Mortality trend for multiple sclerosis in Italy during the period 1980-2015.Mult Scler Relat Disord. 2020 May 30; 44:102240.MS
The epidemiology of Multiple Sclerosis (MS) is relevant for health-services planning. Most of MS prevalence and incidence studies in Italy referred to specific geographical areas and periods, whereas mortality data are routinely collected at the national level. The aim was to assess MS mortality trend and geographical differences in Italy from 1980 to 2015.
Mortality data were provided by the Italian Institute of Statistics. Due to a low number of annual deaths, mortality data were analysed for both the entire period under study and for sub-periods. Temporal trends were first evaluated using age-adjusted mortality rates (AMRs) comparing each sub-period with the initial one. Then, the annual percent change in mortality was estimated through the joinpoint regression model. Spatial differences between 5 main geographical areas were evaluated using standardized mortality ratios (SMRs).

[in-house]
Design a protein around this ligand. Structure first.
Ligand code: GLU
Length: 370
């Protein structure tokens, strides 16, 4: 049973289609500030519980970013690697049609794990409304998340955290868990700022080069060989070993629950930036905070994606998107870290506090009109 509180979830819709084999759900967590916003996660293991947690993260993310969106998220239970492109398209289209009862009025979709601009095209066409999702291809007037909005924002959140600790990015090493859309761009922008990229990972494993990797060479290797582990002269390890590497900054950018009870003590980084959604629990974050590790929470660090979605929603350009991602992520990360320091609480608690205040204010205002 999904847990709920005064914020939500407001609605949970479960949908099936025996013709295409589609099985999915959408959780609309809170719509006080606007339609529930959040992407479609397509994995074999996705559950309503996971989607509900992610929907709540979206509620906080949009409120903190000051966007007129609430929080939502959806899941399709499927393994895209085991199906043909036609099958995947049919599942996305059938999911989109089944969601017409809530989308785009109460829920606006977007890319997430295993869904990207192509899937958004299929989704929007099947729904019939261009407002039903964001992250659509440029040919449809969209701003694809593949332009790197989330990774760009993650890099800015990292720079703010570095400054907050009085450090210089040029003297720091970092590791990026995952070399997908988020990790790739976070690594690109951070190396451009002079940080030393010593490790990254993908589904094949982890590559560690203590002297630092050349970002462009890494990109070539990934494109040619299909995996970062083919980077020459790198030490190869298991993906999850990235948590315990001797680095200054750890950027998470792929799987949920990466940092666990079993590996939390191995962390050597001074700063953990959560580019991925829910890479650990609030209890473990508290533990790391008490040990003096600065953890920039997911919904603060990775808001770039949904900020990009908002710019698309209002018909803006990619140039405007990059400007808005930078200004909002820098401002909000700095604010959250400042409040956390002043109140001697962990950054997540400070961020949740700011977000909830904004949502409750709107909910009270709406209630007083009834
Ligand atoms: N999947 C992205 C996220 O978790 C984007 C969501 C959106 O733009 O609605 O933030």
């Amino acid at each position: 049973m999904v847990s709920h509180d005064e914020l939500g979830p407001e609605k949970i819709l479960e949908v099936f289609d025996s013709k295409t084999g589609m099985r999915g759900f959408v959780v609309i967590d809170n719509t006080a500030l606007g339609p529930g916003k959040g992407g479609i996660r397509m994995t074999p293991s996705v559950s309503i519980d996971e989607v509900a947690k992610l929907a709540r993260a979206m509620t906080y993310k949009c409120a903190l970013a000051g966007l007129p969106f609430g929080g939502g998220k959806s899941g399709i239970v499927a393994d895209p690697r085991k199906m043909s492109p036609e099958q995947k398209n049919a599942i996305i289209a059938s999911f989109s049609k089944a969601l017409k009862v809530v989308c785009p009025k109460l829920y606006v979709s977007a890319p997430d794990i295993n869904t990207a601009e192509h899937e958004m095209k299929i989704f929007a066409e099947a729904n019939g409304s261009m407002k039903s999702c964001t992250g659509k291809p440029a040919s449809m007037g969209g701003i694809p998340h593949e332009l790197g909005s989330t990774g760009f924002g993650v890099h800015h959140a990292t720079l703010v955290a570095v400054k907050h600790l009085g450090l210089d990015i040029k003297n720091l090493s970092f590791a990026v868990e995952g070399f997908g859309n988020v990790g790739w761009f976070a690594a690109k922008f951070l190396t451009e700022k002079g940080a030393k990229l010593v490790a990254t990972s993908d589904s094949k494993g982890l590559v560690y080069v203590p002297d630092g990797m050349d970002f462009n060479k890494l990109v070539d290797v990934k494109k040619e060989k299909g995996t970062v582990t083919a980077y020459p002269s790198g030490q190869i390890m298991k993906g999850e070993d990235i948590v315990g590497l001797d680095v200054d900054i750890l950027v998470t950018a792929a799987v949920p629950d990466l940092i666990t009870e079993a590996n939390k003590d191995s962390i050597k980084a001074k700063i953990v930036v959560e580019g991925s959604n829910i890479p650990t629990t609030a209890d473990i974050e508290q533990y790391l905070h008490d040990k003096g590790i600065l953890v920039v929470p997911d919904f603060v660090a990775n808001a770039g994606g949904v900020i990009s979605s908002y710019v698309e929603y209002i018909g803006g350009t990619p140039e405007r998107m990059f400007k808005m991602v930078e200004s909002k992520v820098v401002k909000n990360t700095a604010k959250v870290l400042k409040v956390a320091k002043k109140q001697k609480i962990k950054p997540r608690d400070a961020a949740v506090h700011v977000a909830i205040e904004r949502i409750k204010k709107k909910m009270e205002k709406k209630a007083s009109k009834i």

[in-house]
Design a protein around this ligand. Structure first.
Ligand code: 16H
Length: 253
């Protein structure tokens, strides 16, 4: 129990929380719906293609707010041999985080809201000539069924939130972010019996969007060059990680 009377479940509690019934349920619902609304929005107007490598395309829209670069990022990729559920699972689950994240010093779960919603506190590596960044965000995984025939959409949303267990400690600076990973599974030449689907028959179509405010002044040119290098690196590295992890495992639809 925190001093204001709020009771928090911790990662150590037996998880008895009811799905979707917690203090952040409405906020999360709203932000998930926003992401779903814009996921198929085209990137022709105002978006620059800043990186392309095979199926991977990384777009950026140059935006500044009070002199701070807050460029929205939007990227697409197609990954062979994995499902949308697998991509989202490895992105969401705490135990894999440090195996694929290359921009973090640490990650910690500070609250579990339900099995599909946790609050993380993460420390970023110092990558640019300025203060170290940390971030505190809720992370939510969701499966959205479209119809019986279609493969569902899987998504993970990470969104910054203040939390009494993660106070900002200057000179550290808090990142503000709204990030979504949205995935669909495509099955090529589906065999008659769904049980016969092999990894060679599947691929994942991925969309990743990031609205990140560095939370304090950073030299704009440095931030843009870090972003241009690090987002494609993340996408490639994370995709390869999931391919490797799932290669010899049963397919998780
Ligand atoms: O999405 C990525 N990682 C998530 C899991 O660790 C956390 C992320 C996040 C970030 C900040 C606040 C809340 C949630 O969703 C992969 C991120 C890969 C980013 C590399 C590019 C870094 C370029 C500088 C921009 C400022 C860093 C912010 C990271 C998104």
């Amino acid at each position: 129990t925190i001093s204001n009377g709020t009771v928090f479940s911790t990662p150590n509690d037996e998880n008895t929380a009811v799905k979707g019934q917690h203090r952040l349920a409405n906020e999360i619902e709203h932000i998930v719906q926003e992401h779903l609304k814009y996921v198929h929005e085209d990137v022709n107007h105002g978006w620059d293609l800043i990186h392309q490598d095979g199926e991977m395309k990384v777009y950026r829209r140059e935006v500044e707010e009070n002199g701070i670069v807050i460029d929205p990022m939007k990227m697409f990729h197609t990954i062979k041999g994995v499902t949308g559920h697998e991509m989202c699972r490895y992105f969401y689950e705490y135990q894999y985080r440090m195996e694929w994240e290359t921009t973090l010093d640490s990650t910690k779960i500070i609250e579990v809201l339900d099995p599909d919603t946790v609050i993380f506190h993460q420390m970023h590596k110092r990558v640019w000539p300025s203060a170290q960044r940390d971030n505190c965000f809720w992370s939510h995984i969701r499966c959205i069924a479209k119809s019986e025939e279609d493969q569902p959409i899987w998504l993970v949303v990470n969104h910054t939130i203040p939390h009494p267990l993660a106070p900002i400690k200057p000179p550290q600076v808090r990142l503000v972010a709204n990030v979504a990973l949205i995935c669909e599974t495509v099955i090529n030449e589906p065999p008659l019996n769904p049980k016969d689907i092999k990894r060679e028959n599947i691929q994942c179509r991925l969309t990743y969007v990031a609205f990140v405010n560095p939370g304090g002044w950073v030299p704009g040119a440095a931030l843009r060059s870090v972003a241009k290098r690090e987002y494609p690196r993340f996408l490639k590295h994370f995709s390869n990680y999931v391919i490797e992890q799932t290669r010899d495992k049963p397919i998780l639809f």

During the study period, 4,959 deaths for males and 7,434 for females were observed. The higher overall AMR was observed for females (F:0.71 vs. M: 0.56 per 100,000 persons per year). Analysing mortality by gender and geographical area, SMRs 〈 100 were observed in South Italy for both sexes, and in Central Italy for males only, whereas SMRs 〉 100 for Islands for both sexes, and in North-East and North-West for females only. The analysis of the mortality trend through AMRs calculated for sub-periods revealed no difference between the first and the last period for males, whereas a significant increase in mortality was observed for females. The joinpoint regression analysis showed a significant decrease in mortality up to 1995 for males (APC -3.23%) and up to 1999 for females, (APC -1.01%), followed by a significant increase for both sexes, but more marked for females (APC +1.9% M, +2.34% F).
The increasing trend of mortality for MS, especially for females, may reflect the increase in the prevalence of MS and the improvement in the quality of diagnosis or coding of the cause of death.